Idea v. RealityOct 01, 2022
In 2012, I wanted to start a business for various reasons, but I did not know what to start. Many of my friends were getting married, so I was coordinating a lot of bachelorette parties. I had a random thought — wouldn’t it be fun to invent a shot glass in the shape of a toilet plunger that could stick to different surfaces to play drinking games?
Since I didn’t know what business to start, I went with my idea and I hired my attorney friend to write a provisional patent, and I started pricing out what it would cost to produce the shot glass.
The more I dove into it, I realized that the realities of my shot glass business differed from I thought — I was creating a job for myself that focused on operations and product fulfillment, which is not the best use of my time or motivating talents (I prefer to spend my time connecting with others and creating content). Plus, it would cost $60k to produce and ship the shot glass from China, which opened up a can of worms.
I was excited about the idea of inventing a shot glass, but I did not like the reality of executing it.
It makes sense that I was excited about the idea because I have learned through my psychology trainings that ideas can work almost like a drug high and give an instant rush of dopamine (dopamine is the chemical in your brain that gives you a sense of pleasure and satisfaction). But once that dopamine wore off, I had to deal with the realities of implementing my ideas.
I know I’m not alone is this scenario because I’ve had had potential clients seek coaching services because they started a business or pursued a career based on an idea or passion, but realities of their chosen profession differed from what they have imagined, and they were unhappy.
I’ve had to learn to reframe my thinking about my career ideas. When it comes to pursuing a business, job, side hustle, or project, it’s important to investigate the realities of executing it. I ask myself and my clients these questions:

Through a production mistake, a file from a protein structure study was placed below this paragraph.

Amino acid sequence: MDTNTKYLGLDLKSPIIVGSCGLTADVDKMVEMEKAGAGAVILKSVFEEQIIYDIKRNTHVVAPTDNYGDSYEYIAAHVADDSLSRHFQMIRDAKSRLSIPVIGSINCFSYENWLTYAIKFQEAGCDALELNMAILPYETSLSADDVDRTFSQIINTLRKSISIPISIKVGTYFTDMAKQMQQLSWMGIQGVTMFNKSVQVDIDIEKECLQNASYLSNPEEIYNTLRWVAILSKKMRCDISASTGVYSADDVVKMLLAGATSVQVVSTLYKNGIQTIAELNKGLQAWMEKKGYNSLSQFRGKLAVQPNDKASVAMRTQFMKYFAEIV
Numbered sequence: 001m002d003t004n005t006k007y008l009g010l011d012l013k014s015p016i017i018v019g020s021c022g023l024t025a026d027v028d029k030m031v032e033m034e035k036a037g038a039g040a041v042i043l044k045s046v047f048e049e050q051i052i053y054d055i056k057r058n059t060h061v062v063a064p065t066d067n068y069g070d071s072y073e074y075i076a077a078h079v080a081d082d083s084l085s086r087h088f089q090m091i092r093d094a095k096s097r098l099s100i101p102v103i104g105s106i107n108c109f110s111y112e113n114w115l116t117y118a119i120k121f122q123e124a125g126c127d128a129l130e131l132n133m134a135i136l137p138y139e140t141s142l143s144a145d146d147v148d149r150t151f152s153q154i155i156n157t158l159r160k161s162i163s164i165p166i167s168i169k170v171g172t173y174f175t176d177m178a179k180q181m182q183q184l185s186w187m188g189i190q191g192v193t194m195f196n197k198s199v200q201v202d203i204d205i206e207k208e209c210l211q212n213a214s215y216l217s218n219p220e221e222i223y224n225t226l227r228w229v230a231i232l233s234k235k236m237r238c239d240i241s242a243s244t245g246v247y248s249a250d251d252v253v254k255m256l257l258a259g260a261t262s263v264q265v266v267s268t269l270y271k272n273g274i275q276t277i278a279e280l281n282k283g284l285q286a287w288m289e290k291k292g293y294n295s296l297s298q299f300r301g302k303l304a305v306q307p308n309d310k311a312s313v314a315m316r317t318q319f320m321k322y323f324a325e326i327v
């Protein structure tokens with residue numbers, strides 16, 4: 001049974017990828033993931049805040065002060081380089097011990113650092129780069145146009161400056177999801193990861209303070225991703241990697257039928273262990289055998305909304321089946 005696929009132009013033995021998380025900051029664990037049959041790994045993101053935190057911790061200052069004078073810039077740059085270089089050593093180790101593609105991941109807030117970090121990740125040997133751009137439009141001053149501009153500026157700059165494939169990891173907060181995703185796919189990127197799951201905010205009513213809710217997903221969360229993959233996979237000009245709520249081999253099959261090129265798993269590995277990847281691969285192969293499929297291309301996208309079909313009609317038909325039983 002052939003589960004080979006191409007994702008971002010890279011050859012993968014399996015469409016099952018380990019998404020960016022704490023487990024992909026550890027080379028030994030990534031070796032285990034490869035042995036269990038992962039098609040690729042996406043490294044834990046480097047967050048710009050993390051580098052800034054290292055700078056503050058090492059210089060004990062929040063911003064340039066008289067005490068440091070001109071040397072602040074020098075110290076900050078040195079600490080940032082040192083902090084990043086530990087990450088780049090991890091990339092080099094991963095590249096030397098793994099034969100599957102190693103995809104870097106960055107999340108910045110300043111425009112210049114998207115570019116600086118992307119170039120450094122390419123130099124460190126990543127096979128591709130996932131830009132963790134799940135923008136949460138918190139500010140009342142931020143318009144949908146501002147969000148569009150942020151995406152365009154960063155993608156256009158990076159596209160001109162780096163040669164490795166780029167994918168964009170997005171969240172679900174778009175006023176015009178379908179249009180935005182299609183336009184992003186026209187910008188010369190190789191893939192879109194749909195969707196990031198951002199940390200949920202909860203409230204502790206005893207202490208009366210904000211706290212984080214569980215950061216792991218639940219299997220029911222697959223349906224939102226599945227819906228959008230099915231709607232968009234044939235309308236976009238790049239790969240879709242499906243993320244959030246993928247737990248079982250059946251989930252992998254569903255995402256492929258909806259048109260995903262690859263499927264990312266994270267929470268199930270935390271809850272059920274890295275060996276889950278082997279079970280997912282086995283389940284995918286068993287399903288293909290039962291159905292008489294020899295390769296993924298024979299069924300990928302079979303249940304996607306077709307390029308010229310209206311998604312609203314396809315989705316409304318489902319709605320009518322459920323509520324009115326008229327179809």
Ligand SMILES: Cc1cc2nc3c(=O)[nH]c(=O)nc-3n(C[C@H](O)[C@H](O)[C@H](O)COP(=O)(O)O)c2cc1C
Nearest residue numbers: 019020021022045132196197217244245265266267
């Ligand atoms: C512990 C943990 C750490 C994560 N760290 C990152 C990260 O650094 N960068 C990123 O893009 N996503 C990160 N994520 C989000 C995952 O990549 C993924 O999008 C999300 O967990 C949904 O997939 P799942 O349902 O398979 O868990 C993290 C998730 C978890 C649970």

1) Do I truly understand my tasks and responsibilities if I were to pursue it?
2) If I were to pursue this job/career/business/side hustle/project, is it the best use of my time and talents? If not, should I pursue it (because it fits in my bigger picture) or perhaps hire someone to help me?
3) Will I find the motivation to continue doing this job/career/business/side hustle/ project once the novelty wears off?
4) If I were to pursue my idea, how does it fit into the bigger picture?
Don’t get me wrong, there have been many ideas I have been excited about and executed, but didn’t like the work itself, such as building my website or writing business proposals to get a contract. The difference is that overall, I like my day-to-day job that I’ve created for myself, and if I have a project that isn’t as fun, I’m motivated to complete it because it helps me move toward my bigger picture goals.
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